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and in some specimens are some whitish spots arranged in lines on the apical portion of the elytra.

From the collection of Mr. Bridges.

LISTRODERES PILOSUS. Listr. niger, opacus, setosus, fusco-squamosus; antennis tarsisque fuscescentibus; rostro indistinctissimè carinato; thorace crebrè punctato, subquadrato, lateribus subrotundatis; elytris punctato-striatis. Capite, thorace, elytrisque squamis fuscis atque nigrescentibus densè tectis.

Long. corp. et rostri, 3 1/3 lin.; 1¼ lin.

Hab. Valleys of Petorca.

About equal in size to Sitona fusca. Rostrum a trifle longer than the head, slightly rugose, and with a very indistinct longitudinal carina. Head thickly punctured, the punctures confluent, and an impressed line between the eyes. Thorax subquadrate, and somewhat depressed; very thickly, but not coarsely punctured, the punctures confluent; the width greater than the length; the sides nearly straight and parallel, excepting near the base and apex of the thorax, where the width is gradually contracted. Elytra but little wider than the thorax, somewhat convex and elongated; the humeral angles rounded; the sides subparallel; punctate-striated; the punctures, of moderate size, are rather close together; the interstices of the striæ nearly flat, and apparently slightly rugose.

The sculpturing of the rostrum, head, thorax and elytra is with difficulty examined, all these parts being densely clothed with scales; these are chiefly of a brown colour, but in parts they are of a blackish hue. On the thorax is an indistinct dusky line in the middle, and one or two dusky patches at the sides; the elytra are variegated with deep and pale brown.

From the collection of Mr. Bridges.

Listroderes costirostris, Scho. Several specimens of this species are contained in Mr. Darwin's collection, having been collected at Maldonado; and there are, moreover, specimens collected at Coquimbo which presents no distinguishing character, excepting in being of a larger size, viz. total lenth 5½ lines, width 2¼ lin.; those from Maldonado being 4½ lines in length and 1 3/4 in width.

LISTRODERES ROBUSTUS. Listr. breviter ovatus, niger, opacus, fusco-squamosus, setosus; antennis fuscescentibus; rostro longiusculo, carinato, pilis minutis decumbentibus tecto; thorace crebrè punctulato, brevi, vittá albá ornato, lateribus subrotundatis; elytris breviter ovatis, punctato-striatis, fasciá albescente, ad latera interruptá, ornatis, singulatìm tuberculo subapicali instructis.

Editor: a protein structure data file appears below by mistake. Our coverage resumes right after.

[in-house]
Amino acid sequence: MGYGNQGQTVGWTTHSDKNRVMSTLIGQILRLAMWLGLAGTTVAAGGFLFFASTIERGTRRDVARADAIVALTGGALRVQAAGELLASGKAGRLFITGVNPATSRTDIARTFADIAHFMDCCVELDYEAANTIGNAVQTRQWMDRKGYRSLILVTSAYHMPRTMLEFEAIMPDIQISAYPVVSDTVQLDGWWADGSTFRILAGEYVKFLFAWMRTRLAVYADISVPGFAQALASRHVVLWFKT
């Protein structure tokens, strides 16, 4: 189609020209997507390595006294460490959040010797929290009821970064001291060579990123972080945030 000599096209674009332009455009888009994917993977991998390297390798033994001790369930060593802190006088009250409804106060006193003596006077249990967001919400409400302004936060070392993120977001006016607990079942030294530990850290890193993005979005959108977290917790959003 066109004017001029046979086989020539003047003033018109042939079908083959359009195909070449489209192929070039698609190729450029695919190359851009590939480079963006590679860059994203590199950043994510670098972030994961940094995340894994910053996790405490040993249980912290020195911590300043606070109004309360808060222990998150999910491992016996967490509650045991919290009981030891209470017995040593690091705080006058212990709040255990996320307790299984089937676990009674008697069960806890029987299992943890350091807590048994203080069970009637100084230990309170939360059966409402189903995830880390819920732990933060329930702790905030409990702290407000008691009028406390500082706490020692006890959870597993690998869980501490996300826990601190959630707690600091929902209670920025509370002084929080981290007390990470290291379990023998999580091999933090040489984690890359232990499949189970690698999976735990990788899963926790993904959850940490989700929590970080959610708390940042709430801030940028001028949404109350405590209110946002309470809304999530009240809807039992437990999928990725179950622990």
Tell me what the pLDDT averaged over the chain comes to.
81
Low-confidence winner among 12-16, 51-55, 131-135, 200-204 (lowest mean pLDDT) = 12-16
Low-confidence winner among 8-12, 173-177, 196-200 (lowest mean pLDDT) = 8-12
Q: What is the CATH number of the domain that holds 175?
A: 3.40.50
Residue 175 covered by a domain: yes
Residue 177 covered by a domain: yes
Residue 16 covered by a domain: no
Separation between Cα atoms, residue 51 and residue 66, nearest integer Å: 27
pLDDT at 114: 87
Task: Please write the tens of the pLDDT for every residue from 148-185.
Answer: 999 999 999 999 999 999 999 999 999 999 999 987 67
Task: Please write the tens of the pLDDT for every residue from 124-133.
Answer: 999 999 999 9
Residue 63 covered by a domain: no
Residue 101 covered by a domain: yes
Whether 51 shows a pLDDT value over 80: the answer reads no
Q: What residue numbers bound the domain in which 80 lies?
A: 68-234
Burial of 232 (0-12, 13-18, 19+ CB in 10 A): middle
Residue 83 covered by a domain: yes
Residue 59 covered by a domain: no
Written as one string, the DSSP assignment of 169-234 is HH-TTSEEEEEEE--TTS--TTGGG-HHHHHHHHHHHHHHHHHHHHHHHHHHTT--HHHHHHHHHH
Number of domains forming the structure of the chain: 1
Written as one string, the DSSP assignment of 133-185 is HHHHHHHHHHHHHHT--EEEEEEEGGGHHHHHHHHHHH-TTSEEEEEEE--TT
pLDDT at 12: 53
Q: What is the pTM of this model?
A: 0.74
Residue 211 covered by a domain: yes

Long. corp. et rostri. 4 1/3 lin.; lat. 2 1/5 lin.

Hab. Coquimbo.

In size and form this species may be compared to the Phytonomus punctatus. Rostrum about twice as long as the head, covered with minute decumbent brownish hairs, and with a longitudinal carina. Thorax rather broader than long, very suddenly contracted in front, and broadest near the fore-part; the sides slightly rounded, or nearly

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straight; the posterior angles rounded, and the posterior margin indistinctly produced in the middle; the surface very thickly punctured and covered with pale brownish scales, and having interspersed minute hairs; in parts the scales assume a deeper hue, and in the middle is a whitish line. Elytra about one-third broader than the thorax, convex, and of a short ovate form; punctate-striated; the interstices obscurely punctured, and slightly convex; they are covered with brownish scales, and have interspersed minute pale hairs; rather behind the middle is a broadish curved mark, which is obliterated on the sides of the elytra; and towards the apex is a small angular tubercle.

From the collection of Mr. Darwin.

LISTRODERES APICALIS. Listr. squamosus, fusco-albescens; antennis piceis; rostro carinâ longitudinali fuscâ; capite notis duabus fuscis anticè convergentibus; thorace anticè quam posticè latiore, ad latera ferè recto, anticè foveâ incurvatâ, lineâ albâ longitudinali; elytris thorace duplo latioribus, punctato-striatis; singulis notâ nigrescente obliquâ, ad apicem albescente, tuberculo disticto subapicali.

Long. corp. et rostri, 3¼; lat. 1 1/3 lin.

Hab. Monte Video.

This species is considerably less than the L. costirostris, being about equal in size to the Phytonomus rumicis. The rostrum is rather slennder, nearly twice as long as the head, covered with minute decumbent hairs, which are of a whitish brown colour; in the middle is a longitudinal carina. The thorax is broader than long; the broadest part is considerably in front of the middle; in front it becomes somewhat suddenly contracted; the sides of the thorax converge from near the anterior part towards the base, and are nearly parallel; the posterior margin is slightly rounded, being produced in the middle; the hinder angles are obtuse; the upper surface of the thorax it nearly plane, presenting scarcely any convexity, and in the fore-part is a curved impression, the extremities of which lead up to the anterior angles; it is densely clothed with scales, and these are of a very pale brownish colour; in parts the scales are of a deep brown colour, and in the middle is a longitudinal line, formed of whitish scales; besides the scales are some very minute, semierect, scattered dusky hairs; the sculpturing cannot well be seen, owing to the covering of scales, but the thorax appears to be very thickly though not coarsely punctured. The elytra are oblong, about one-third broader than the thorax; the humeral angles are prominent and rounded; the sides nearly straight, and the apex rounded; the surface is convex, but somewhat depressed at the basal portion of the elytra; punctate-striated; covered with pale brownish scales, having moreover some very minute scattered spines; the third and fifth interstices of the striæ on each elytron are slightly raised; rather behind the middle is an oblique deep brown patch, behind which the scales are white, or nearly so; a distinct angular tubercle is observable on each elytron, at a short distance from the apex. The legs and antennæ are brown,